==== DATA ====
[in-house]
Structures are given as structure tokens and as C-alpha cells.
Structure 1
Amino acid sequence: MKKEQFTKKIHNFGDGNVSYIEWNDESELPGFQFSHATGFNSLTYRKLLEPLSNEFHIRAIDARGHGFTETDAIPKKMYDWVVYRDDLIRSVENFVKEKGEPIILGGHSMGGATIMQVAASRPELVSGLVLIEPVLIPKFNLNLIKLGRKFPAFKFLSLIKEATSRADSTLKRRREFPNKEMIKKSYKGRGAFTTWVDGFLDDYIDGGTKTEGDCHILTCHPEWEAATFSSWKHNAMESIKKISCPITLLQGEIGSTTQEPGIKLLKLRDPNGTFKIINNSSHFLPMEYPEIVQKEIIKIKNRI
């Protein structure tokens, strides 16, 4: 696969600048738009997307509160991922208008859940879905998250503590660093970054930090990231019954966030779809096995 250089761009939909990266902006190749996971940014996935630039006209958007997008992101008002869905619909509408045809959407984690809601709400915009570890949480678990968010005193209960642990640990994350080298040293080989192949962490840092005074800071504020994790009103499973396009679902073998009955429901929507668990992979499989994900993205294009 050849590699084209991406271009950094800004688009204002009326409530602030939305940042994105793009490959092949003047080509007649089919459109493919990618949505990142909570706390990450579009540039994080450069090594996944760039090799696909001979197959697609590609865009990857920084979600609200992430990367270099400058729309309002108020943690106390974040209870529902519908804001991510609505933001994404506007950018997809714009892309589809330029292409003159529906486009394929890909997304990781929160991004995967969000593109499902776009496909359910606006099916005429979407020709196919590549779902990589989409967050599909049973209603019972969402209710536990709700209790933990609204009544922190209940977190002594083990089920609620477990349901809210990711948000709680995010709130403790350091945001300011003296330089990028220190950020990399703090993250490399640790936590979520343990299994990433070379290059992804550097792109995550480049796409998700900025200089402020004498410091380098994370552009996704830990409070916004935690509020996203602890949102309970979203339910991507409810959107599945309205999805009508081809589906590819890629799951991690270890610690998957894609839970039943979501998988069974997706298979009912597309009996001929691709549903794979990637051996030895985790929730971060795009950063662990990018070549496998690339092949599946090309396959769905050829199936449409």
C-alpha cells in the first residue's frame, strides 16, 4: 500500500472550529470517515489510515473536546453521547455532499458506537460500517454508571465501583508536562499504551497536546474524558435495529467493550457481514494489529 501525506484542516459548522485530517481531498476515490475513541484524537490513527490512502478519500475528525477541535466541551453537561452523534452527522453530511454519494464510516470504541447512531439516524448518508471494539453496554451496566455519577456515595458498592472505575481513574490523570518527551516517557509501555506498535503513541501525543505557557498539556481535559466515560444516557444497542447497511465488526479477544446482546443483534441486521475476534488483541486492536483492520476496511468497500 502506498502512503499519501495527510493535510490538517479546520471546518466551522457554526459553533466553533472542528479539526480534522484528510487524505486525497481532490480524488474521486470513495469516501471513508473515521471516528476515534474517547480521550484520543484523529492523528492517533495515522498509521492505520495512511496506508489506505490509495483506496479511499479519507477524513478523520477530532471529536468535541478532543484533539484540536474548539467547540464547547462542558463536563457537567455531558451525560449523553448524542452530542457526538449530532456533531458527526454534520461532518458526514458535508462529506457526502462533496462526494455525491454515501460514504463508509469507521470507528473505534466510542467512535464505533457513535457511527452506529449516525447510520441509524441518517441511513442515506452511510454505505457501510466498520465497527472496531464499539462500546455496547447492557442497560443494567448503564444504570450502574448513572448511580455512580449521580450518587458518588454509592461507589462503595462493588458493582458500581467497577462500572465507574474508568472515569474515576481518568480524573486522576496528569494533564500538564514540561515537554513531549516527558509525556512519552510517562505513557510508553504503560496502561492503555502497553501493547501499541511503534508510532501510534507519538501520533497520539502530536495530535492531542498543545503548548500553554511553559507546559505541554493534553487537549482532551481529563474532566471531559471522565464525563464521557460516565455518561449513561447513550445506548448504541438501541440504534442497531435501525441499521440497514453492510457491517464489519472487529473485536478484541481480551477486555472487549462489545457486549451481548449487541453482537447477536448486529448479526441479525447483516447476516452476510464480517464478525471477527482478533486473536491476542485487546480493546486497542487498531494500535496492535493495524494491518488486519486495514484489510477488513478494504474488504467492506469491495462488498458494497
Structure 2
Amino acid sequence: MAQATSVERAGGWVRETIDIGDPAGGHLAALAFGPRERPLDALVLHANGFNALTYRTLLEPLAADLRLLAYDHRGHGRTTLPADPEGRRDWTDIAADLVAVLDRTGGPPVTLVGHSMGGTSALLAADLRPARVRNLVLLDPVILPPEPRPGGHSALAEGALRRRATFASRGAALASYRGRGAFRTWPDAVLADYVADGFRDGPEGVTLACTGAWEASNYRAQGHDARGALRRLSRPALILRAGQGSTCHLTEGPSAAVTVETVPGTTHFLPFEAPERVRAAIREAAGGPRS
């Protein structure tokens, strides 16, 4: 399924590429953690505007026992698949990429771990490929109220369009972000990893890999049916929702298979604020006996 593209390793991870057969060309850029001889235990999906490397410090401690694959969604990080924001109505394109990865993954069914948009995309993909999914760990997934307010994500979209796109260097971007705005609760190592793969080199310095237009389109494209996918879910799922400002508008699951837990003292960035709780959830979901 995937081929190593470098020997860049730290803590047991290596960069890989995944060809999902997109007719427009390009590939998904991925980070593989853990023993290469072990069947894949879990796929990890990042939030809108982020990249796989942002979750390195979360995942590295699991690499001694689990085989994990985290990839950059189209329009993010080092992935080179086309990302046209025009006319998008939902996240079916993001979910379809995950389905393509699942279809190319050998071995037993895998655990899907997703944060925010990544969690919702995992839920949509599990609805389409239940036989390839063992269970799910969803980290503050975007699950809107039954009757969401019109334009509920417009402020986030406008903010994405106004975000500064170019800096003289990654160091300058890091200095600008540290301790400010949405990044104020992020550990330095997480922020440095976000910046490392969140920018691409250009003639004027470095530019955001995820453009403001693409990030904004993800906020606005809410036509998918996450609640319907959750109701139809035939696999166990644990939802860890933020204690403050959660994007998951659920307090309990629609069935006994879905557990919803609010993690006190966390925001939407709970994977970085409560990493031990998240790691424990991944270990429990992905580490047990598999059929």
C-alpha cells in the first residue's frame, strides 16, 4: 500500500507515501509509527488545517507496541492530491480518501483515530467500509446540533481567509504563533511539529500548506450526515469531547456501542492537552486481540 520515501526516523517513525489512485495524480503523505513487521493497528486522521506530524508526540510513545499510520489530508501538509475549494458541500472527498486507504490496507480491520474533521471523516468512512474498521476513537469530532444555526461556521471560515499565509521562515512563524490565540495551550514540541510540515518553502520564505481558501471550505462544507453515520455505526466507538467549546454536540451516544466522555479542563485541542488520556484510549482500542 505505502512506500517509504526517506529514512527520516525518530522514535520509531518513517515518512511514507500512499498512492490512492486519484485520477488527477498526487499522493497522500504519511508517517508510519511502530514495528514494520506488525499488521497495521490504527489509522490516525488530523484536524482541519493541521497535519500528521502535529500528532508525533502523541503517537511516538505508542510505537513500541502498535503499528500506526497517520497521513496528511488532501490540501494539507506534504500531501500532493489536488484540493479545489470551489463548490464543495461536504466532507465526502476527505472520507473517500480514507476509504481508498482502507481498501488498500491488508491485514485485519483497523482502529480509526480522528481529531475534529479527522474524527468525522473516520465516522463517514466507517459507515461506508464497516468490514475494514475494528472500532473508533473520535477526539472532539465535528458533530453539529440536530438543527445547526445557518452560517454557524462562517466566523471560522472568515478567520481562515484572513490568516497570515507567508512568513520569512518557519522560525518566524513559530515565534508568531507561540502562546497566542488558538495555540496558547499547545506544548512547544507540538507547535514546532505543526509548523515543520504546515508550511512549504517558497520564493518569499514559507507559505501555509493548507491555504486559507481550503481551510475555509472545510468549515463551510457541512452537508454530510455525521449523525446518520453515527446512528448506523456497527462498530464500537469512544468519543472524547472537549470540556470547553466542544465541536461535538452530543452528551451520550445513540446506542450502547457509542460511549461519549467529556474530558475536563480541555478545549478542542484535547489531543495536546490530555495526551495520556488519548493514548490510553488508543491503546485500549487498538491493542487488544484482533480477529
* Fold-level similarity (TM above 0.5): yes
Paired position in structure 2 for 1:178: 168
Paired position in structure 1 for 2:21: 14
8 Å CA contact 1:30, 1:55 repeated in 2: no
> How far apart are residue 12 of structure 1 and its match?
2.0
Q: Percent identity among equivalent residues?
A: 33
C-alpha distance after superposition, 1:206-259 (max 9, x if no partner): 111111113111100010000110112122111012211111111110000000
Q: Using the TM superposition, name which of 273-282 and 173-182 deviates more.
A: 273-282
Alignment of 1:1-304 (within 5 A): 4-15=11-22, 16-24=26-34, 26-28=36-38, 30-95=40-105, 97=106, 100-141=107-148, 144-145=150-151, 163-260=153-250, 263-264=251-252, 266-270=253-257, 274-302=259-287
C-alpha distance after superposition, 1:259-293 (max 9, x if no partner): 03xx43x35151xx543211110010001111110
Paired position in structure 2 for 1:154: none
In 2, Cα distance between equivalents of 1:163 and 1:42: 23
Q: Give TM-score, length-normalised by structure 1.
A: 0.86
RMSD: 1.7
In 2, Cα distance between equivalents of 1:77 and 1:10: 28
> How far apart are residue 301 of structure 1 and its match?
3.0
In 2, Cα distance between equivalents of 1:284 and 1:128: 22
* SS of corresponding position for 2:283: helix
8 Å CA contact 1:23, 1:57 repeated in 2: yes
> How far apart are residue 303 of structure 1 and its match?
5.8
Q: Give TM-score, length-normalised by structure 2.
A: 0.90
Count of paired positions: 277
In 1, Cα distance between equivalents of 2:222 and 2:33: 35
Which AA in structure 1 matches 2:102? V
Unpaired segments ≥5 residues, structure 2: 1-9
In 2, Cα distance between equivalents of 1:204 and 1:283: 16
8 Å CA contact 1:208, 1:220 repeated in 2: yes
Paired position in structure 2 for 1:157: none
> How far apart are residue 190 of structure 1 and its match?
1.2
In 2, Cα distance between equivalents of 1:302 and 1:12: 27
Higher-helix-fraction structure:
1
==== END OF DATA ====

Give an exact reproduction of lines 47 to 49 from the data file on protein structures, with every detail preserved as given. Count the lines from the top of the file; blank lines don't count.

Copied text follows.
1.2
In 2, Cα distance between equivalents of 1:302 and 1:12: 27
Higher-helix-fraction structure: